MANILA -- Referring to the proverb "Give a man a fish and you feed him for a day; teach a man to fish and you feed him for a lifetime", Gawad Kalinga (GK) Capiz Social Enterprise head Tony Morente said as he hopes that their housing beneficiaries don't stay recipients of help, rather they become channels of help and inspiration to others.

"We want our beneficiaries to give back whatever they receive from GK so more people can be helped. In this light, we give them enterprises which we call social enterprises - something they can do for themselves and for others, earning money to support themselves," Morente told the Philippine News Agency (PNA).

GK Capiz started in November 2013 after Typhoon Yolanda devastated the province. Under the leadership of GK founder Tony Meloto, the headquarters decided to put up housing for the typhoon victims in 2014 after more than six months of relief operation.

"The houses are donated by schools like ESSEC Business School and the land by good-hearted people. Some are from banks like Metrobank. We already have a total of eight villages that means more than 350 beneficiaries as of today," Morente said.

Seeing the need and importance of teaching the beneficiaries to be self-sufficient, Morente introduced to them the concept of social enterprise.

"This enterprise can be in any form as long as the business has a heart. It treats the community well, fair ka with people, you always think of others over profit because profit will come in time, so the main profit you gain from social entreprise is your help you give to other people. It is not necessarily the money," he said.

Selling of local products like food, clothing, bags, souvenirs and other items enables some of the GK beneficiaries to earn money for themselves and for their community.

GK French volunteers Aline Thuault and Elodie Champseix from ESSEC Business School are currently helping some of the beneficiaries in their soap-making project.

"We're creating organic soap with coconut oil in partnership with DOST (Department of Science and Technology). Also we created the company for the local people in order for them to produce it, do the packaging and sell it to allow them to earn money from it. Save some money on the side so they can get out of proverty," Champseix said.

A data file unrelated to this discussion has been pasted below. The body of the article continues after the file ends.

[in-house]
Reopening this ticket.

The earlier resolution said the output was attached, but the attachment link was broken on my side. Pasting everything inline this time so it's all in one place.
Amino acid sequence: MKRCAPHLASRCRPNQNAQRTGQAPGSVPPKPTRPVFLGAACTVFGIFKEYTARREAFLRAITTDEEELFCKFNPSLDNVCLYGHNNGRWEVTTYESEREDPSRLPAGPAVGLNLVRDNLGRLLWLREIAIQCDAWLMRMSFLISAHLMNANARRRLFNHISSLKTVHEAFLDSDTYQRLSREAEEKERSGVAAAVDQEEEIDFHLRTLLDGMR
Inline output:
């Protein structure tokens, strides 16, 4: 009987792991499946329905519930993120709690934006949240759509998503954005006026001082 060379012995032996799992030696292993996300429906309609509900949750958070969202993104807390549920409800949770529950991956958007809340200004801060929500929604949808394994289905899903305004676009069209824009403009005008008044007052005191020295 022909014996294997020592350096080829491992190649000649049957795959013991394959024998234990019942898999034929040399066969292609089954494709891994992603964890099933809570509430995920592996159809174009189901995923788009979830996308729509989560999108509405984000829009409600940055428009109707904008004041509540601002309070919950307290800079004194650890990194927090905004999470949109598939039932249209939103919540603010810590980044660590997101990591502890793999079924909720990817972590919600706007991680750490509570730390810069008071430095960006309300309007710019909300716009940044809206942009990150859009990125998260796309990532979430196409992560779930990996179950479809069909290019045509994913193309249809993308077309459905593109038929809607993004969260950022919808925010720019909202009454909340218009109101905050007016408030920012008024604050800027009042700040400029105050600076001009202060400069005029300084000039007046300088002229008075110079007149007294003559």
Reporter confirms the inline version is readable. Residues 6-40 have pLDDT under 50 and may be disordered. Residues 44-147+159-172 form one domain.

When asked why they came to GK Capiz to volunteer, Champseix said GK has a partnership with their school and they were inspired by the stories of their friends who have already gone to the Philippines to help.

"We're here to give them hope so they put self-pity aside as GK is already giving them houses and what they need, so we were just trained to enhance their sense of belonging, helping the beneficiaries know each other better and give them extra activity," she added.

Thuault said they basically knew nothing when they got to GK Capiz but she believes that all they need to do is to motivate the beneficiaries to keep working in their village and their social enterprises.

"We just have to pull them to the right direction because they already have the skills and they are the most hardworking people I have ever met and language barrier is not a hindrance for us to communicate with them," she said.

Thuault added that she have never realized before that kind words spoken to people could easily set them up for success.

If she has to choose who among the people she met in GK Capiz inspired her, she said it would be the parents of the children who believe that the housing program and social enterprise are important to their children.

"They’re not selfish at all; they’re working there not just to improve their own lives but also work for the future of their children so they can finish college or go to a big city like Manila," she added.

Morente said he always tell the volunteers that the beneficiaries need money but they are not beggars so through social enterprise he wants them to be empowered, self-sustaining and helping others.

Cautious of the danger of cultivating envy or greed because of the help they give, GK Capiz established a values formation program through which common problems among neighbors are solved and prevented.

"Hindi maiiwasan ang inggitan, pinaliliwanagan namin sila personally para hindi maiba ng landas (Envy can't be avoided, we talk to them personally so they'll stay in the right path), so we advocate the bayanihan spirit, walang iwanan, serbisyo muna bago benepisyo, para Diyos at bayan principles," he said.

To thank and inspire their donors to continue giving, Morente said they send monthly reports to them -- letting them know where they money went and how many families it had helped. (PNA)